Verdict: 4 / 5
Forget the Superman of the past. This isn’t the Superman you and I have come to know and love from the comic books. It certainly isn’t the Superman we’ve seen portrayed countless of times on screen either. Gone is the red underwear. Gone is the flashy red boots. Gone is the clumsy and nerdy Clark Kent.
**Have no fear, no spoilers here**
Jonathan Kent: You just have to decide what kind of man you want to grow up to be, Clark. Whoever that man is, he’s going to change the world.
“My father believed that if the world found out who I really was, they’d reject me out of fear. He was convinced that the world wasn’t ready. What do you think?” Superman asks Lois, a question that director Zach Snyder clearly aims at audiences of Man of Steel as he shepherds in a new dawn for the comic book icon. With the help of producer Christopher Nolan, Superman finds his way into a much darker, grittier, Dark Knight-inspired retelling of the character’s origins, shedding most of the Reeve-esque innocence in favour of a grimmer mud-coloured superhero grounded in a real world. It’s been 35 years since Superman’s beginnings have been played out on the big screen and Snyder takes huge liberties early on to chuck out everything you know about the story. Everything. The title “Man of Steel”, however, tells you exactly what to expect; an immense summer blockbuster, that shows Superman in a completely different light. Purists might hate it, but it’s hard to deny that there simply isn’t a more epic comic book movie out there that could even compare. You will be blown away!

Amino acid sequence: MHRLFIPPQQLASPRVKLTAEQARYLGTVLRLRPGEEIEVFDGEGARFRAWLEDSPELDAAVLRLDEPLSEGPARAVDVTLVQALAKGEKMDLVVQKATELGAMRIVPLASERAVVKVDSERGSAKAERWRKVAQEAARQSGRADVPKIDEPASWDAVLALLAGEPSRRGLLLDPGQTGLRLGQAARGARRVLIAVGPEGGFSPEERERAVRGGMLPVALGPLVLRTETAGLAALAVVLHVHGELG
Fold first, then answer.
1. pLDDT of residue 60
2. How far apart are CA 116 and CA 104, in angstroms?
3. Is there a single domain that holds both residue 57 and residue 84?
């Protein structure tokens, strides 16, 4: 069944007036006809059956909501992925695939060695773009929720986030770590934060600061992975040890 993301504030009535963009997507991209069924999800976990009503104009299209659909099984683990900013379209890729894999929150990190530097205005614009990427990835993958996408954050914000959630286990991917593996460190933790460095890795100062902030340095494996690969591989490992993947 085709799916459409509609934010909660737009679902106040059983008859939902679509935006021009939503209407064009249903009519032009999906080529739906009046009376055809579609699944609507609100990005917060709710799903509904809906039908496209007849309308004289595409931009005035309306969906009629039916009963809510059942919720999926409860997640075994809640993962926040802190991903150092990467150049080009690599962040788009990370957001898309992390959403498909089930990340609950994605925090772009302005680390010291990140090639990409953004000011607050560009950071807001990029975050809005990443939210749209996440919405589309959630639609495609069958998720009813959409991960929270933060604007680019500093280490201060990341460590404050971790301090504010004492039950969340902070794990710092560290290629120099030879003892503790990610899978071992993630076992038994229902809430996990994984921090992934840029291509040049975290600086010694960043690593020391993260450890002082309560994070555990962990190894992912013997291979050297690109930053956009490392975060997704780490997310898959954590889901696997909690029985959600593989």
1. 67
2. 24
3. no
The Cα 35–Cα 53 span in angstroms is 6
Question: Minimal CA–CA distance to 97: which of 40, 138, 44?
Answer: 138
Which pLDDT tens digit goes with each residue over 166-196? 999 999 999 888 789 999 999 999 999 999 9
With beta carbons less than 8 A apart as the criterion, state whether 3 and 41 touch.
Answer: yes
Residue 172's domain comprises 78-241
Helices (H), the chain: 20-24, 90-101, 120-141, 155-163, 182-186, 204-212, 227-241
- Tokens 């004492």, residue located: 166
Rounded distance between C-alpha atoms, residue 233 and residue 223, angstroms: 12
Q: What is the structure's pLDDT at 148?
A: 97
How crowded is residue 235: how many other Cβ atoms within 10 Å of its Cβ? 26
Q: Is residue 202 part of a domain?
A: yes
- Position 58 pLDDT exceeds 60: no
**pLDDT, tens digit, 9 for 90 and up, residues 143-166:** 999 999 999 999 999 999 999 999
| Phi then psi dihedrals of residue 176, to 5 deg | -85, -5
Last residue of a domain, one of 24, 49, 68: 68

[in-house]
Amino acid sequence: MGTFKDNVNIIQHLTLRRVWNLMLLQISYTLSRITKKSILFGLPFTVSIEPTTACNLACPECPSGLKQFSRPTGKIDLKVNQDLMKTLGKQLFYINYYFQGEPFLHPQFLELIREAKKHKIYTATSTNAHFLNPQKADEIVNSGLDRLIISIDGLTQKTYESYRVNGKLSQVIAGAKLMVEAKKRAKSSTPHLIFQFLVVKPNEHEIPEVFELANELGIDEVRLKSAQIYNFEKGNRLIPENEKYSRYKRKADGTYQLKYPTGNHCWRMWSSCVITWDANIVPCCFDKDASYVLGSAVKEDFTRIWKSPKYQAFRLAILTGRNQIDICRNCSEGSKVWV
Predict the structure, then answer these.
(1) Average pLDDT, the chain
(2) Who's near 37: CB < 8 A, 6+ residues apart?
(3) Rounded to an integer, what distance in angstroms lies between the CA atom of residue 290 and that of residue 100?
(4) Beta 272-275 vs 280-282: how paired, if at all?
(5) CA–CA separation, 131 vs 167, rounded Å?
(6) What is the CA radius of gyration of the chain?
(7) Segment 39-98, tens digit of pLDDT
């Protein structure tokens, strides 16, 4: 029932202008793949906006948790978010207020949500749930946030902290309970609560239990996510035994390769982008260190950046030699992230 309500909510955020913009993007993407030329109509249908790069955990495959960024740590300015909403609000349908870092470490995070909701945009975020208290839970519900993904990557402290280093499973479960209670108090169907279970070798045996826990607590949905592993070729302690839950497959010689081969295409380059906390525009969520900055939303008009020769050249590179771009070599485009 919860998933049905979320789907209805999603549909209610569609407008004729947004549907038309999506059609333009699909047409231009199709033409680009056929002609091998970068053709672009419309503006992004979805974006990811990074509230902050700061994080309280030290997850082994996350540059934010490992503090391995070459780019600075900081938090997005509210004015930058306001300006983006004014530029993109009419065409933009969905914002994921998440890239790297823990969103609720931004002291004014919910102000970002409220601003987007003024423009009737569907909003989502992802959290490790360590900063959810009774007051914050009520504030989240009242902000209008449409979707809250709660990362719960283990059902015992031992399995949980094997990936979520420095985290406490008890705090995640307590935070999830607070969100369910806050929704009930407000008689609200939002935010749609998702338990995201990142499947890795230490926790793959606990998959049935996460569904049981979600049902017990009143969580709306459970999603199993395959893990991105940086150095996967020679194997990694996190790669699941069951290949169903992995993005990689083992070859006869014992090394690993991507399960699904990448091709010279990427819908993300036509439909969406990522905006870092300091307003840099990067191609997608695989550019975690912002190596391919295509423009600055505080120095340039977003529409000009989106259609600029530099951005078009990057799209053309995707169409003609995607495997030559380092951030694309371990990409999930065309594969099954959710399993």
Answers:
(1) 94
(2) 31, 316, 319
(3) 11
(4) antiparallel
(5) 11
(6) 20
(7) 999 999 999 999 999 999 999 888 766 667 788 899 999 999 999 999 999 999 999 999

Jor-El: What if a child dreamed of becoming something other than what society had intended? What if a child aspired to something greater?
Over the years, we’ve seen a number of attempts to bring the world’s most popular superhero to the big screen in a way that fully portrays the character from the comic books. Unfortunately, Superman has always been played out as a light-hearted second rate superhero who finds the time to rescue a cat from a tree, a dog from a burning building and help old ladies with car problems. Richard Donner’s 1978 film Superman: The Movie certainly depicted the character that way, and 2006 pseudo-sequel Superman Returns followed suit. Man of Steel doesn’t make the same mistake. Snyder and Nolan sidestep the familiarities by placing our hero in a world where he is forced to make bigger decisions while facing a more threatening villain. The result is that all traces of the previous movies have been completely removed from the reboot and Superman is sent on a rampage that unfolds in the most epic fight sequences ever shown on screen. Accompanied by an amazing score, courtesy of Hans Zimmer, audiences are treated to action of epic proportions. Finally, Superman learns to kick ass.
Man of Steel is bound to be a film that divides audiences. While it is beautifully shot, with a few comparing it to a Michael Bay meets Terrence Malick mash-up, it’s easier to draw heavy comparisons to The Matrix rather than any previous Superman film. The lengthy CGI fight sequence over New York, reminiscent of a hundred 9/11 attacks, has also been a concern for a few critics, who have been titling the movie “too epic.” Don’t be fooled by the 55% rating on Rotten Tomatoes. This is the Superman movie we’ve been waiting to see.